The Grumpy Old Man

Index Home News Eco Life Etiquette Big Brother Business Money Contact Forum About

Grumpy goes on about current etiquette standards

This use of Christian names

In recent years I have noticed, with increasing frustration, that everybody seems determined to use Christian names whenever they talk to me. I find it rude, presumptuous and impertinent because they don't even have the basic courtesy to ask if I mind. I come from a generation where Christian names were only used by family members and friends. These days Christian names are invariably used to put you at a disadvantage within the Business environment.

To the youngsters of today, this may seem an old fuddy-duddy view but there is a very good reason for it. In my opinion, the Christian name is one that should normally be used between friends and families, i.e. a social environment. However within the business context, the person to whom you are speaking is operating as a representative of a "Company" and therefore is trying to provide you with a "service". This does not make him your friend as he will always be operating with the interests of his company at heart, not yours as a customer. One thing it does do is to put you at a disadvantage. This is because he comes over as a friend and ergo, he is trying to do you a favour. Far from it, he is working for 'The Company' and wants your business (money)! Think on!

Such an environment becomes blatantly obvious when you are complaining about a poor product or service that a company has provided. By using your Christian name the person to whom you are speaking is suggesting that he is your friend and is on your side. As a representative of 'The Company' with whom you are in dispute, this could not be further from the truth.

Let me give you an example. Some time ago a large and very well known chain store charged my debit card ten times for the single purchase of a pair of working boots. I was unaware that this had happened until I was at the grocery checkout of a different store and found that my card was refused. All I could do was leave all the groceries at the checkout, (something I'd always wanted to do but not, perhaps, under such circumstances!), come home and sort the problem out. A quick phone call to the card company soon told me what had happened.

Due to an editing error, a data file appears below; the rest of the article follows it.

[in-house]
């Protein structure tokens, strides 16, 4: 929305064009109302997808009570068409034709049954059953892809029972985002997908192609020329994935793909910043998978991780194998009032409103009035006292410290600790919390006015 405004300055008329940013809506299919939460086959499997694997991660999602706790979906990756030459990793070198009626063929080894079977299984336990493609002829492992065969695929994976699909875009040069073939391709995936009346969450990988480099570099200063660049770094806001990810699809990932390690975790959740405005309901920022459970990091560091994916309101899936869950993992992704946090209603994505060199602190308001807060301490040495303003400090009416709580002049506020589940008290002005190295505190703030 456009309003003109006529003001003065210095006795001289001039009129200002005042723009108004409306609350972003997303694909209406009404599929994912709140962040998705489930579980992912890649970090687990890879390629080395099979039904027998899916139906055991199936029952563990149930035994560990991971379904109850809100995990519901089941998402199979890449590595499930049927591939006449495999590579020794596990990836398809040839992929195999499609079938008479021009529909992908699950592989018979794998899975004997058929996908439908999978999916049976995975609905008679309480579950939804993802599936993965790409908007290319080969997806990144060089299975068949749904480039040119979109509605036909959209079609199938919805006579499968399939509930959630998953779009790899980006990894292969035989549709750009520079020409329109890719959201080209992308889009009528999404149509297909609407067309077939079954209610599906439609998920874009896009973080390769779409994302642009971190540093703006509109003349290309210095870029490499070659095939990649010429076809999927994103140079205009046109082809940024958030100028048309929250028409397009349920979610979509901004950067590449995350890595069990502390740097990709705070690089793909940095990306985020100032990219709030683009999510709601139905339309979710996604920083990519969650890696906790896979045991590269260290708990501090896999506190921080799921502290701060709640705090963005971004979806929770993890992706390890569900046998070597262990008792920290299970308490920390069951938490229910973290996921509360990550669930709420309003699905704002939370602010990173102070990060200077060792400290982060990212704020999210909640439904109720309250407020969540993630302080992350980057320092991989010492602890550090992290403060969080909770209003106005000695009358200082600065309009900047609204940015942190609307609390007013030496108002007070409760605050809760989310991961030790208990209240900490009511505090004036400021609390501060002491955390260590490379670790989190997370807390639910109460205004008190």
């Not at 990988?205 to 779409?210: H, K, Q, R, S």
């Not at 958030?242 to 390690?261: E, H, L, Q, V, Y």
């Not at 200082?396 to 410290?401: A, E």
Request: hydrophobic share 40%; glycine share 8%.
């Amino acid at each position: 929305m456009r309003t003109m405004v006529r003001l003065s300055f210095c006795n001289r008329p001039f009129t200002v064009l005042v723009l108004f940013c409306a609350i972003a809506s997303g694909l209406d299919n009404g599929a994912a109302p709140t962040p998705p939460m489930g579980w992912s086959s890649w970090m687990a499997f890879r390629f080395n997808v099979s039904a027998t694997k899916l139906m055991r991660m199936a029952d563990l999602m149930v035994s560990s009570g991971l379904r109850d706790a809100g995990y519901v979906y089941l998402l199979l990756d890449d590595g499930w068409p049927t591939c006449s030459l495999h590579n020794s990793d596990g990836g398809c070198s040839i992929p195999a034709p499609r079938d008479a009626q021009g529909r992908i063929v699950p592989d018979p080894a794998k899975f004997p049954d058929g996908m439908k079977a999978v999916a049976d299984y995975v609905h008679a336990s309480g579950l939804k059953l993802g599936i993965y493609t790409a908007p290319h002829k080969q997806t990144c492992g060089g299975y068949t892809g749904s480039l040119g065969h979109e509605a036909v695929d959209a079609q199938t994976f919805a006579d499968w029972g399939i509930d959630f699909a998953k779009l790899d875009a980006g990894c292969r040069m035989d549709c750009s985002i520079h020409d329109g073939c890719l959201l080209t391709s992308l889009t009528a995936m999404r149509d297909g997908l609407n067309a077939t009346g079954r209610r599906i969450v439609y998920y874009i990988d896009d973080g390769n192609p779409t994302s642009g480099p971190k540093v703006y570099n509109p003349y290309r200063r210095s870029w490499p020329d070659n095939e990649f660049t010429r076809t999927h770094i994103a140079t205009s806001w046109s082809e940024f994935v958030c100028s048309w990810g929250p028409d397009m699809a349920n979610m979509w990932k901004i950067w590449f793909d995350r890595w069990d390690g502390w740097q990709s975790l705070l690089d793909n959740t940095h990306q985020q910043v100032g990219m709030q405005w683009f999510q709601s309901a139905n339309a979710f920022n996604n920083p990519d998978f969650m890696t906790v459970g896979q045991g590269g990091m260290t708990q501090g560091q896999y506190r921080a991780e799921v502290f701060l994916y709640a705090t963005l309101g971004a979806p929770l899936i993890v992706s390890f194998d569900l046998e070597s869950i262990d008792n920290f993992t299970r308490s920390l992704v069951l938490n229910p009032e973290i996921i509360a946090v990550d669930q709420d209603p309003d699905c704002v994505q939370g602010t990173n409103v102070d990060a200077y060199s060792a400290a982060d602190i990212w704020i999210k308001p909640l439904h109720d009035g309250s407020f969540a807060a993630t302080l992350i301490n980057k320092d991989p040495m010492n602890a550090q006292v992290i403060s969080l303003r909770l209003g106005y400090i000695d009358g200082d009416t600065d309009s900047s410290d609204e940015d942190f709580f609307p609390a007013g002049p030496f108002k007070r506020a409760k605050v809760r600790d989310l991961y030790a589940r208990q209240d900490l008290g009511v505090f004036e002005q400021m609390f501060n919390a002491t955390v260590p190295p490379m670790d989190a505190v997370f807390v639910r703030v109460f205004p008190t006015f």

On telephoning the chain store at fault I was astounded when the Lassie in the complaints department asked for my Christian name! This absolutely infuriated me. I pointed out that the store she was representing had stolen 500 from me and she was presuming to use my Christian name! In the circumstances I would have thought Mr Grumpy would have been far more respectful, appropriate and perhaps a little placatory.

What really astounds me, is the lengths to which people will go in order to use my Christian name. I recently wrote a business letter and signed it "JW Grumpy (Mr)". The recipient telephoned me and instead of saying to me "good morning Mr Grumpy", he actually said "good morning JW". Well, Gordon Bennett, I nearly fell off my perch. And this sort of thing is happening all the time.

What makes it even more ridiculous is that my full (pen name) is actually John William Grumpy. When I was knee-high to a grasshopper, John was a very common name and therefore, to ensure that Mum was not inundated with the other very numerous 'Johns' from the neighbourhood when she called me, William was used instead. Now, people who insist on using John as my Christian name don't know any of this and to be quite blunt about it, I haven't a bloody clue who this "John Grumpy" is!

The origins of this use of Christian names seems to rest with the ubiquitous Marketing man. This was made clear when, some years ago, I went on a short marketing course. The speaker stood up and said "when you speak to a customer, ask him his Christian name. He will like you to use that." The speaker was not very happy when I interrupted and said "no he won't, in a business situation, I don't like people assuming that they can use my Christian name".

Now you may consider this grump as the ramblings of a solitary, grumpy old git but I have heard many other people voicing similar thoughts. So let's start a campaign to get back to the good old-fashioned ways of showing the respect for one another that properly reflects the circumstances in which we are operating.

see also Geoff's comments made on 28 July in the Forum.